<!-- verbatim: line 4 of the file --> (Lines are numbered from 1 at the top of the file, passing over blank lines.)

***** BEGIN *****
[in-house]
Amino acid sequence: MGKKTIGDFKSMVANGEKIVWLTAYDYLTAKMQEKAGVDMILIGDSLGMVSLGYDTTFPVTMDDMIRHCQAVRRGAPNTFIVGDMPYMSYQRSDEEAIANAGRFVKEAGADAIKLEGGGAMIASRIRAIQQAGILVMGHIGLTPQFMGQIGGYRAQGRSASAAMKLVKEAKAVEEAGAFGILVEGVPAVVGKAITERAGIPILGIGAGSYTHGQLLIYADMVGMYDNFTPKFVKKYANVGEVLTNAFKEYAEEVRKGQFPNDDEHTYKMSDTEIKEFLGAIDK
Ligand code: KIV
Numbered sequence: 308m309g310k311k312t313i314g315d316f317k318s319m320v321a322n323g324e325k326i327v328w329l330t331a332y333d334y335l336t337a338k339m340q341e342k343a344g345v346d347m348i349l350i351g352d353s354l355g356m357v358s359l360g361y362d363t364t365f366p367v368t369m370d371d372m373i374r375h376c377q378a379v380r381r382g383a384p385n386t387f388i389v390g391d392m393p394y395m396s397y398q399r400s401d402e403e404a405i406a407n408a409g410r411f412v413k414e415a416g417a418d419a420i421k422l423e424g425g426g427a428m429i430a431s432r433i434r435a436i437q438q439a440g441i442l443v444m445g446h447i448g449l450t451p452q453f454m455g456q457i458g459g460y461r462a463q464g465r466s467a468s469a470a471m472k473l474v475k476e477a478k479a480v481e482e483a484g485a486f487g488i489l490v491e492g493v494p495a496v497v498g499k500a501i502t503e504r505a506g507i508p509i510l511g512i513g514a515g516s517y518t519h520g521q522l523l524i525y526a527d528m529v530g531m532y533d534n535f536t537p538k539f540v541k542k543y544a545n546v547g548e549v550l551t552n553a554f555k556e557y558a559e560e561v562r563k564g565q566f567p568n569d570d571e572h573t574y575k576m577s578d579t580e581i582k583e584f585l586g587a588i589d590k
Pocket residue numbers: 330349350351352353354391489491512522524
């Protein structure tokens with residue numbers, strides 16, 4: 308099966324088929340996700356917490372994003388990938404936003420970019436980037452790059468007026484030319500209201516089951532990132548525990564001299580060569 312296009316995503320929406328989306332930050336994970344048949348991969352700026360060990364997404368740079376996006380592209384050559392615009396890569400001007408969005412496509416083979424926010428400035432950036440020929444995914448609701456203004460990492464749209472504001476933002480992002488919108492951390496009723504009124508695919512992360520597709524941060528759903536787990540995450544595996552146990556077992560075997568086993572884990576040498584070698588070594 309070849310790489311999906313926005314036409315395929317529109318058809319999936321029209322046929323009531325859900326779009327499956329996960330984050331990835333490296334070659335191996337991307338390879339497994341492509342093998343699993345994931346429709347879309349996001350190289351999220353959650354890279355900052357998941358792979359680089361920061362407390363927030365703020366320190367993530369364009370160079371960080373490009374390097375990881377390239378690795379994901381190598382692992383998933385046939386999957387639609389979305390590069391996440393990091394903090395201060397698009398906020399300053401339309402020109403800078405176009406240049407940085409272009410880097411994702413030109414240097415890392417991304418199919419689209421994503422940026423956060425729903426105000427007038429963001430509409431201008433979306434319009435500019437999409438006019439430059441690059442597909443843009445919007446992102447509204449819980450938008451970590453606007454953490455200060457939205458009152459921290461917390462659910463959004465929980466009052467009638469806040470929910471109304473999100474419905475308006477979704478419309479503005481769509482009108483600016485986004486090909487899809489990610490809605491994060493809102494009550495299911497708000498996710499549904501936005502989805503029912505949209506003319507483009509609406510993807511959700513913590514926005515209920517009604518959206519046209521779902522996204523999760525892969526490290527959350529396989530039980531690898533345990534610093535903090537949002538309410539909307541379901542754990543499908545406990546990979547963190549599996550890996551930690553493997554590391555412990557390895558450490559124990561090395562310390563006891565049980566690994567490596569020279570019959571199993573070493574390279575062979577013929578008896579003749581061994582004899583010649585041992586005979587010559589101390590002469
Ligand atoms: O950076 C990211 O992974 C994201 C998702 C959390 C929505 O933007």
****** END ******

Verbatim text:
Numbered sequence: 308m309g310k311k312t313i314g315d316f317k318s319m320v321a322n323g324e325k326i327v328w329l330t331a332y333d334y335l336t337a338k339m340q341e342k343a344g345v346d347m348i349l350i351g352d353s354l355g356m357v358s359l360g361y362d363t364t365f366p367v368t369m370d371d372m373i374r375h376c377q378a379v380r381r382g383a384p385n386t387f388i389v390g391d392m393p394y395m396s397y398q399r400s401d402e403e404a405i406a407n408a409g410r411f412v413k414e415a416g417a418d419a420i421k422l423e424g425g426g427a428m429i430a431s432r433i434r435a436i437q438q439a440g441i442l443v444m445g446h447i448g449l450t451p452q453f454m455g456q457i458g459g460y461r462a463q464g465r466s467a468s469a470a471m472k473l474v475k476e477a478k479a480v481e482e483a484g485a486f487g488i489l490v491e492g493v494p495a496v497v498g499k500a501i502t503e504r505a506g507i508p509i510l511g512i513g514a515g516s517y518t519h520g521q522l523l524i525y526a527d528m529v530g531m532y533d534n535f536t537p538k539f540v541k542k543y544a545n546v547g548e549v550l551t552n553a554f555k556e557y558a559e560e561v562r563k564g565q566f567p568n569d570d571e572h573t574y575k576m577s578d579t580e581i582k583e584f585l586g587a588i589d590k